NEW ORLEANS — As we all know, New Orleans is the birthplace of jazz music. And while it seems that Treme gets most of the credit, there's a block downtown that played a huge role in the start of the genre.
Inside the 400 block of South Rampart Street are three buildings that the Smithsonian has called the most important commercial structures from the early years of jazz.
"You have the Eagle Saloon which is associated with Buddy Bolden, who was the alpha of the jazz movement. Then you go down the next two buildings and they're associated with the apex of the New Orleans music, and that would be Louis Armstrong," John McCusker explained.
McCusker is a retired journalist and author who started New Orleans' first jazz history tour in 1994. He took us for a walk through jazz's early steps.
Three buildings sit unoccupied and aren't much to look at, but this is where it all started.
Let's start with Buddy Bolden and the Eagle Saloon.
"By 1902, his reputation was such that he was known as 'King Bolden.' And on Monday nights he would play at the Odd Fellow's Masonic Hall which was part of the Eagle Saloon complex here," McCusker said.
Just a little down the street, it is the site of the old Karnofsky store. It was just a tailor shop and home to the Karnofsky - a Jewish immigrant family that employed Louis Armstrong. He was their errand boy but they treated him like family.
"Louis said it was the Karnofskys that instilled the love of singing in his heart," McCusker said. "The family would feed him and they would eat dinner together and they would sing to get the children to sleep."
McCusker said the family would sing Yiddish lullabies, but Armstrong did not speak Yiddish. Instead he would sing nonsense words with feeling, which would plant the seed for scat singing.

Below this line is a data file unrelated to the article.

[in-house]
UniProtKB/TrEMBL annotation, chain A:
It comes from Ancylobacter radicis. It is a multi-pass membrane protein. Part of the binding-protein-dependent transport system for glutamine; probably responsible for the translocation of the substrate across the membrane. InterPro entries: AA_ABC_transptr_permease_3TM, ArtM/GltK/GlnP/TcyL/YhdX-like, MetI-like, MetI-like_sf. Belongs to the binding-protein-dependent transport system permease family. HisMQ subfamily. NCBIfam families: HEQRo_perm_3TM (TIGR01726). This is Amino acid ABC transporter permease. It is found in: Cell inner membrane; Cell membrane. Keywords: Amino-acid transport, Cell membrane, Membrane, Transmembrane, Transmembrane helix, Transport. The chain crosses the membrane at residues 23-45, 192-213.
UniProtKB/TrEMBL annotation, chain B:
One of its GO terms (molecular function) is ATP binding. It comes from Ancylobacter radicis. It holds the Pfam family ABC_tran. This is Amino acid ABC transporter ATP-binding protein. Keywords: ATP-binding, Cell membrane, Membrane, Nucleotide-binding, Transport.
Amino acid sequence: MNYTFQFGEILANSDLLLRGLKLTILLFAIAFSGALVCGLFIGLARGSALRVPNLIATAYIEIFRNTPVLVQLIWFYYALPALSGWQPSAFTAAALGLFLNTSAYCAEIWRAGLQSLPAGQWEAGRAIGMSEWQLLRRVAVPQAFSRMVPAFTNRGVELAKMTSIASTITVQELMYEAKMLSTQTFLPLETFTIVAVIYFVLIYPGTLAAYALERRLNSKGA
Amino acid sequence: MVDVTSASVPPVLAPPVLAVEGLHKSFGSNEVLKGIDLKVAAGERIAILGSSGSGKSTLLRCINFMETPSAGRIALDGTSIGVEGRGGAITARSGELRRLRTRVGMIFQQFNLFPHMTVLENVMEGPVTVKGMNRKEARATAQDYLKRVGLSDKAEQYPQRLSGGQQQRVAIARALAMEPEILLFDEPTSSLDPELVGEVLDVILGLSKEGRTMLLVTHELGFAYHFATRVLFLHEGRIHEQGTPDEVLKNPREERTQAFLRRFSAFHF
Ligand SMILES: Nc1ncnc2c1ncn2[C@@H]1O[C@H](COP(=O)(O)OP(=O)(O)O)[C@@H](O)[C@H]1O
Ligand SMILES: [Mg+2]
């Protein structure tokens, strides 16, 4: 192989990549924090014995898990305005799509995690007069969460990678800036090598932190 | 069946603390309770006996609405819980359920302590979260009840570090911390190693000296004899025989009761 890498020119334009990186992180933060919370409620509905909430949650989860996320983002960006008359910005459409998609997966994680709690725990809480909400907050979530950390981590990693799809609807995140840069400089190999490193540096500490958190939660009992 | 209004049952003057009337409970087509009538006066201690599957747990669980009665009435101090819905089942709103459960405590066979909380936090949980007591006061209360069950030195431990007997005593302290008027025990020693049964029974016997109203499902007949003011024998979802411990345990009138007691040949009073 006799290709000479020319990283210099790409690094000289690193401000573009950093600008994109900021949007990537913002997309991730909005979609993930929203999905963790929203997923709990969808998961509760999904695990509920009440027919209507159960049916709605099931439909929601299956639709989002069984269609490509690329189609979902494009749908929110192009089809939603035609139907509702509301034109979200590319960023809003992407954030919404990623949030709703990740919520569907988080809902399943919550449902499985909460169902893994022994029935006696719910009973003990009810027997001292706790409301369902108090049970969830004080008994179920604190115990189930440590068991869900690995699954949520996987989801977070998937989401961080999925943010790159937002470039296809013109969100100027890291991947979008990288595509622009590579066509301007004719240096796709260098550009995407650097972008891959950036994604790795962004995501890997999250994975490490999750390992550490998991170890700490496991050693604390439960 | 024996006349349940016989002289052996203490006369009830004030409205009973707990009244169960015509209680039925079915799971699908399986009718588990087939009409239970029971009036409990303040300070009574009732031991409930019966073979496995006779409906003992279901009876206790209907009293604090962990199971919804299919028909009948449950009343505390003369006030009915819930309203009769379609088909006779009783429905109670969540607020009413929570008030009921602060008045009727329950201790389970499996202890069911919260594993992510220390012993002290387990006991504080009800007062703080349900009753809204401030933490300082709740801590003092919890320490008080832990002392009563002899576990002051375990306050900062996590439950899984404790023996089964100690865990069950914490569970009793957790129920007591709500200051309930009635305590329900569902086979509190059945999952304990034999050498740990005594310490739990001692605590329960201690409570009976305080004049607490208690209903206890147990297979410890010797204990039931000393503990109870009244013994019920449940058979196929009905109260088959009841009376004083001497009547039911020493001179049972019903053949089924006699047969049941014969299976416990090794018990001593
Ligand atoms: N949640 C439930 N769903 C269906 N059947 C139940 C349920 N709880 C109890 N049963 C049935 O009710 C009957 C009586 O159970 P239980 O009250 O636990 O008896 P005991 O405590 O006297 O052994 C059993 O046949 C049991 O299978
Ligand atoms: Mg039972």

A few doors down used to be the Iroquois Theater, where Armstrong once won a talent contest. Between 1914 and 1928, it was a vaudeville and silent movie theater. Vaudeville was the way New Orleans jazz music first spread before it was recorded.
"The Iroquois was set up as a movie theater for black patrons. However, there was so much market and curiosity coming among at least a portion of the white population here that one night a month they would do the "midnight frolic," McCusker said. "After midnight one night a month, they would do a show for white folks."
At the end of the block sits Little Gem's Saloon. But this building is not abandoned like the rest. And you can still hear jazz and New Orleans music here.
The building had sat empty since 1981, but Nick Bazan's family had a vision. It was a $5 million renovation.
"We built two stages. We have two bars and we have great cuisine. We do live music every night with food and people love it. They have dinner and they have a show," Nick Bazan said.
Bazan said his father felt passionate about bringing jazz music back to the block, back to where it started. Now, Nick Bazan runs the restaurant.
"It's gorgeous you know, I'm so proud of it," Bazan said. "The history - it's so beautiful and I love to tell it to my customers. I walk them around the block and I bring them back. They get so excited. I tell them that America's biggest musician used to work next door."
History continues at the Little Gem Saloon, a place where local artists are treated right, as New Orleans continues its tradition as home to some of the most talented musicians in the business.
WWL-TV reporter Leslie Spoon can be reached at firstname.lastname@example.org;